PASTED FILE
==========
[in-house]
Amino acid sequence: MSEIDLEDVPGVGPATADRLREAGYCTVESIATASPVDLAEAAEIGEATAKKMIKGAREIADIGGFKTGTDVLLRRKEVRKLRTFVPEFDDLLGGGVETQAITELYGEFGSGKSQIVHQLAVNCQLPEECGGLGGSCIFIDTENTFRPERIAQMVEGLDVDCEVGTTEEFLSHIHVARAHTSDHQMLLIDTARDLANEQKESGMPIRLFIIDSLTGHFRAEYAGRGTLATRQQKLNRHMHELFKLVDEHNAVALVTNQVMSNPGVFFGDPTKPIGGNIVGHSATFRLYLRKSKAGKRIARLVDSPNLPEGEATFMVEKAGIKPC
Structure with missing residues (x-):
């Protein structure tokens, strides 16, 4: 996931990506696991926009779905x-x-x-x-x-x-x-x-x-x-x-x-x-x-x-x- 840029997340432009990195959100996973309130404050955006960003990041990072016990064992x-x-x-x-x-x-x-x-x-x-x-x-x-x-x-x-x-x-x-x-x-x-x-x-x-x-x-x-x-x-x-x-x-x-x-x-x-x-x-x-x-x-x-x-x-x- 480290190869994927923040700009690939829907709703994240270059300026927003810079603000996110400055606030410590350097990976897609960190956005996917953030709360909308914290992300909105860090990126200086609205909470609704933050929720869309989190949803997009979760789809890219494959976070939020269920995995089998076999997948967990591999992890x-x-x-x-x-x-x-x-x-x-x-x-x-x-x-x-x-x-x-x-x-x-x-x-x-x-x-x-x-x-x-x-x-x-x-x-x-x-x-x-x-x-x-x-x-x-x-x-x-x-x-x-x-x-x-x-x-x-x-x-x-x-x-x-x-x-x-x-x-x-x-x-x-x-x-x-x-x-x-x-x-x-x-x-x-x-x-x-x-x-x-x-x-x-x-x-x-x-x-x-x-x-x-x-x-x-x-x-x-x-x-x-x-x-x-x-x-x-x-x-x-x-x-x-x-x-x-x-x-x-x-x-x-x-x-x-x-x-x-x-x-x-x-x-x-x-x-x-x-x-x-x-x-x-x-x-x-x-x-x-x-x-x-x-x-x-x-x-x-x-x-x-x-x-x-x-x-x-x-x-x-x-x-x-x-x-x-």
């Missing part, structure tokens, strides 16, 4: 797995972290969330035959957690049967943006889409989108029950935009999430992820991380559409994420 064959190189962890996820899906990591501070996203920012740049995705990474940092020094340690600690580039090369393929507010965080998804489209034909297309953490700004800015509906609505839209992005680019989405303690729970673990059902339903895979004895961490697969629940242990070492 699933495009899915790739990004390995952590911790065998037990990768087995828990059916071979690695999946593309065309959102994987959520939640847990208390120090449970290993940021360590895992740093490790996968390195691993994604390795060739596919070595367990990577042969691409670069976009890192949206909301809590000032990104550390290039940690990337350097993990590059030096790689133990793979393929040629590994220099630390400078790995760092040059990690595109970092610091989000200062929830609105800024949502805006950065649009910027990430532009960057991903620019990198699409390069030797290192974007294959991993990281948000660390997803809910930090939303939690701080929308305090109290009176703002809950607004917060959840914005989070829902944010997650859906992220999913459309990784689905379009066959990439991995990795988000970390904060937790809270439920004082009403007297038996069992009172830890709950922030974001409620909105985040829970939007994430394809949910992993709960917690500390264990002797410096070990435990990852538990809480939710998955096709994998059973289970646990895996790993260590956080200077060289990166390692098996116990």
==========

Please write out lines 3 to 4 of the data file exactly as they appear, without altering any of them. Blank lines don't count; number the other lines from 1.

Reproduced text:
Structure with missing residues (x-):
């Protein structure tokens, strides 16, 4: 996931990506696991926009779905x-x-x-x-x-x-x-x-x-x-x-x-x-x-x-x- 840029997340432009990195959100996973309130404050955006960003990041990072016990064992x-x-x-x-x-x-x-x-x-x-x-x-x-x-x-x-x-x-x-x-x-x-x-x-x-x-x-x-x-x-x-x-x-x-x-x-x-x-x-x-x-x-x-x-x-x- 480290190869994927923040700009690939829907709703994240270059300026927003810079603000996110400055606030410590350097990976897609960190956005996917953030709360909308914290992300909105860090990126200086609205909470609704933050929720869309989190949803997009979760789809890219494959976070939020269920995995089998076999997948967990591999992890x-x-x-x-x-x-x-x-x-x-x-x-x-x-x-x-x-x-x-x-x-x-x-x-x-x-x-x-x-x-x-x-x-x-x-x-x-x-x-x-x-x-x-x-x-x-x-x-x-x-x-x-x-x-x-x-x-x-x-x-x-x-x-x-x-x-x-x-x-x-x-x-x-x-x-x-x-x-x-x-x-x-x-x-x-x-x-x-x-x-x-x-x-x-x-x-x-x-x-x-x-x-x-x-x-x-x-x-x-x-x-x-x-x-x-x-x-x-x-x-x-x-x-x-x-x-x-x-x-x-x-x-x-x-x-x-x-x-x-x-x-x-x-x-x-x-x-x-x-x-x-x-x-x-x-x-x-x-x-x-x-x-x-x-x-x-x-x-x-x-x-x-x-x-x-x-x-x-x-x-x-x-x-x-x-x-x-």